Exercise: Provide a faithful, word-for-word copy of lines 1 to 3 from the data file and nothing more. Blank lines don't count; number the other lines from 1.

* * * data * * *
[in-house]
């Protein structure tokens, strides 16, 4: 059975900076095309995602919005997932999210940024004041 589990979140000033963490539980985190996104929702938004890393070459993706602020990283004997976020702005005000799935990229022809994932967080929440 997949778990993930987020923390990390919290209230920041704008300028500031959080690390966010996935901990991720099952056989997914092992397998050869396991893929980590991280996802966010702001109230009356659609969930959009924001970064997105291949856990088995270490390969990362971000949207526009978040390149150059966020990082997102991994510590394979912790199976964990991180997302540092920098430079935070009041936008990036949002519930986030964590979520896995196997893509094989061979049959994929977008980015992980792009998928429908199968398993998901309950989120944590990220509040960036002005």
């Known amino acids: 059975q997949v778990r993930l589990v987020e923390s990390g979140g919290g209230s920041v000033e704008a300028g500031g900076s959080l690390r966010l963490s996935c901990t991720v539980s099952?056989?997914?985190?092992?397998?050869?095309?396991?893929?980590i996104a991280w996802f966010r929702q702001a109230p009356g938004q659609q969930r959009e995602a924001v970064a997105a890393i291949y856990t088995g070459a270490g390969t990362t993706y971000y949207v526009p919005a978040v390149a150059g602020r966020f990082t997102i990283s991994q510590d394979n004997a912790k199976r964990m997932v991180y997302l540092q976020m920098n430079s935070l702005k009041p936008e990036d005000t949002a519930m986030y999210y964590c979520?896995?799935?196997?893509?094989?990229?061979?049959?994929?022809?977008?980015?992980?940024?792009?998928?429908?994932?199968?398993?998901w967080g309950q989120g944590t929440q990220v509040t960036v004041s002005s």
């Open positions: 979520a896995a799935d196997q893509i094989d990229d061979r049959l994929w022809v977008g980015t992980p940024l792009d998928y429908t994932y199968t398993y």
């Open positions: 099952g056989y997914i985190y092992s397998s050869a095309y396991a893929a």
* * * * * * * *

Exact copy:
[in-house]
């Protein structure tokens, strides 16, 4: 059975900076095309995602919005997932999210940024004041 589990979140000033963490539980985190996104929702938004890393070459993706602020990283004997976020702005005000799935990229022809994932967080929440 997949778990993930987020923390990390919290209230920041704008300028500031959080690390966010996935901990991720099952056989997914092992397998050869396991893929980590991280996802966010702001109230009356659609969930959009924001970064997105291949856990088995270490390969990362971000949207526009978040390149150059966020990082997102991994510590394979912790199976964990991180997302540092920098430079935070009041936008990036949002519930986030964590979520896995196997893509094989061979049959994929977008980015992980792009998928429908199968398993998901309950989120944590990220509040960036002005």
């Known amino acids: 059975q997949v778990r993930l589990v987020e923390s990390g979140g919290g209230s920041v000033e704008a300028g500031g900076s959080l690390r966010l963490s996935c901990t991720v539980s099952?056989?997914?985190?092992?397998?050869?095309?396991?893929?980590i996104a991280w996802f966010r929702q702001a109230p009356g938004q659609q969930r959009e995602a924001v970064a997105a890393i291949y856990t088995g070459a270490g390969t990362t993706y971000y949207v526009p919005a978040v390149a150059g602020r966020f990082t997102i990283s991994q510590d394979n004997a912790k199976r964990m997932v991180y997302l540092q976020m920098n430079s935070l702005k009041p936008e990036d005000t949002a519930m986030y999210y964590c979520?896995?799935?196997?893509?094989?990229?061979?049959?994929?022809?977008?980015?992980?940024?792009?998928?429908?994932?199968?398993?998901w967080g309950q989120g944590t929440q990220v509040t960036v004041s002005s």